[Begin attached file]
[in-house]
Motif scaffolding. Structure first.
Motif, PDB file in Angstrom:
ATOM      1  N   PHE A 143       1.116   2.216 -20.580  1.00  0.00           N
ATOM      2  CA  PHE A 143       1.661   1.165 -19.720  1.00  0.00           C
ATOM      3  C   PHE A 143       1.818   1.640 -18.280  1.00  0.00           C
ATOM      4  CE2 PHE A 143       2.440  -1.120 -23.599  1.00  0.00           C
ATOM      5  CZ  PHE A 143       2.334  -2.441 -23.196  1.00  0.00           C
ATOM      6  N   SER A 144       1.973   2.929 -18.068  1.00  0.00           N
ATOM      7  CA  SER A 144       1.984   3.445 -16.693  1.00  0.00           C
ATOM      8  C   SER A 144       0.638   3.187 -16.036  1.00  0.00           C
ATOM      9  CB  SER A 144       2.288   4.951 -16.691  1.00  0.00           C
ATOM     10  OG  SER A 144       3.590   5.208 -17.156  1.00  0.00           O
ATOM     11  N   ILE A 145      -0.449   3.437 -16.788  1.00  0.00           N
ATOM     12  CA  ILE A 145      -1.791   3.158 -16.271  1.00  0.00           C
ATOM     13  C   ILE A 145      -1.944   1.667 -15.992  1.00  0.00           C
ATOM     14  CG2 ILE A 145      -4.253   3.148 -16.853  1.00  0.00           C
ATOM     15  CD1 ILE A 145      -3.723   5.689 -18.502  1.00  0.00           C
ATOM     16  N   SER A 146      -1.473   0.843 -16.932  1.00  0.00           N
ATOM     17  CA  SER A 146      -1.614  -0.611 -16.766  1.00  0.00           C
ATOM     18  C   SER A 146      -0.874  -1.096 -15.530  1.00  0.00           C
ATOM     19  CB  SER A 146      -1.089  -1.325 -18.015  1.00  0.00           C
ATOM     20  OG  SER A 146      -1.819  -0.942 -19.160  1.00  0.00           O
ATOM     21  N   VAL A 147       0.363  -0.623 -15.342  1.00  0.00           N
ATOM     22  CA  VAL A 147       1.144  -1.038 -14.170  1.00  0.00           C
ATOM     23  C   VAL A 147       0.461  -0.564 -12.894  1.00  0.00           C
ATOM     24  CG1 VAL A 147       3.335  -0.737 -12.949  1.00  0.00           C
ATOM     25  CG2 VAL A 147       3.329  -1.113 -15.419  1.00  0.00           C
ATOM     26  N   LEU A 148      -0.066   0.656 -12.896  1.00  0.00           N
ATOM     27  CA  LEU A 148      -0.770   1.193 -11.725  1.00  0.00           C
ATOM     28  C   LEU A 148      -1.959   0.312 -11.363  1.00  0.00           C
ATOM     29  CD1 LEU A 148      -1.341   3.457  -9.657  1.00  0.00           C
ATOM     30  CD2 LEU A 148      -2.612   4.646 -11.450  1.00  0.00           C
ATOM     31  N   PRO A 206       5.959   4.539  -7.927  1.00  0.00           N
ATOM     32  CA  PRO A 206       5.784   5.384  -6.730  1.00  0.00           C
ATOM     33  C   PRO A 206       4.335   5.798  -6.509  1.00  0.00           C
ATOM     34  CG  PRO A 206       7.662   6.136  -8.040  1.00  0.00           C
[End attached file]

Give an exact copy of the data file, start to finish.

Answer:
[in-house]
Motif scaffolding. Structure first.
Motif, PDB file in Angstrom:
ATOM      1  N   PHE A 143       1.116   2.216 -20.580  1.00  0.00           N
ATOM      2  CA  PHE A 143       1.661   1.165 -19.720  1.00  0.00           C
ATOM      3  C   PHE A 143       1.818   1.640 -18.280  1.00  0.00           C
ATOM      4  CE2 PHE A 143       2.440  -1.120 -23.599  1.00  0.00           C
ATOM      5  CZ  PHE A 143       2.334  -2.441 -23.196  1.00  0.00           C
ATOM      6  N   SER A 144       1.973   2.929 -18.068  1.00  0.00           N
ATOM      7  CA  SER A 144       1.984   3.445 -16.693  1.00  0.00           C
ATOM      8  C   SER A 144       0.638   3.187 -16.036  1.00  0.00           C
ATOM      9  CB  SER A 144       2.288   4.951 -16.691  1.00  0.00           C
ATOM     10  OG  SER A 144       3.590   5.208 -17.156  1.00  0.00           O
ATOM     11  N   ILE A 145      -0.449   3.437 -16.788  1.00  0.00           N
ATOM     12  CA  ILE A 145      -1.791   3.158 -16.271  1.00  0.00           C
ATOM     13  C   ILE A 145      -1.944   1.667 -15.992  1.00  0.00           C
ATOM     14  CG2 ILE A 145      -4.253   3.148 -16.853  1.00  0.00           C
ATOM     15  CD1 ILE A 145      -3.723   5.689 -18.502  1.00  0.00           C
ATOM     16  N   SER A 146      -1.473   0.843 -16.932  1.00  0.00           N
ATOM     17  CA  SER A 146      -1.614  -0.611 -16.766  1.00  0.00           C
ATOM     18  C   SER A 146      -0.874  -1.096 -15.530  1.00  0.00           C
ATOM     19  CB  SER A 146      -1.089  -1.325 -18.015  1.00  0.00           C
ATOM     20  OG  SER A 146      -1.819  -0.942 -19.160  1.00  0.00           O
ATOM     21  N   VAL A 147       0.363  -0.623 -15.342  1.00  0.00           N
ATOM     22  CA  VAL A 147       1.144  -1.038 -14.170  1.00  0.00           C
ATOM     23  C   VAL A 147       0.461  -0.564 -12.894  1.00  0.00           C
ATOM     24  CG1 VAL A 147       3.335  -0.737 -12.949  1.00  0.00           C
ATOM     25  CG2 VAL A 147       3.329  -1.113 -15.419  1.00  0.00           C
ATOM     26  N   LEU A 148      -0.066   0.656 -12.896  1.00  0.00           N
ATOM     27  CA  LEU A 148      -0.770   1.193 -11.725  1.00  0.00           C
ATOM     28  C   LEU A 148      -1.959   0.312 -11.363  1.00  0.00           C
ATOM     29  CD1 LEU A 148      -1.341   3.457  -9.657  1.00  0.00           C
ATOM     30  CD2 LEU A 148      -2.612   4.646 -11.450  1.00  0.00           C
ATOM     31  N   PRO A 206       5.959   4.539  -7.927  1.00  0.00           N
ATOM     32  CA  PRO A 206       5.784   5.384  -6.730  1.00  0.00           C
ATOM     33  C   PRO A 206       4.335   5.798  -6.509  1.00  0.00           C
ATOM     34  CG  PRO A 206       7.662   6.136  -8.040  1.00  0.00           C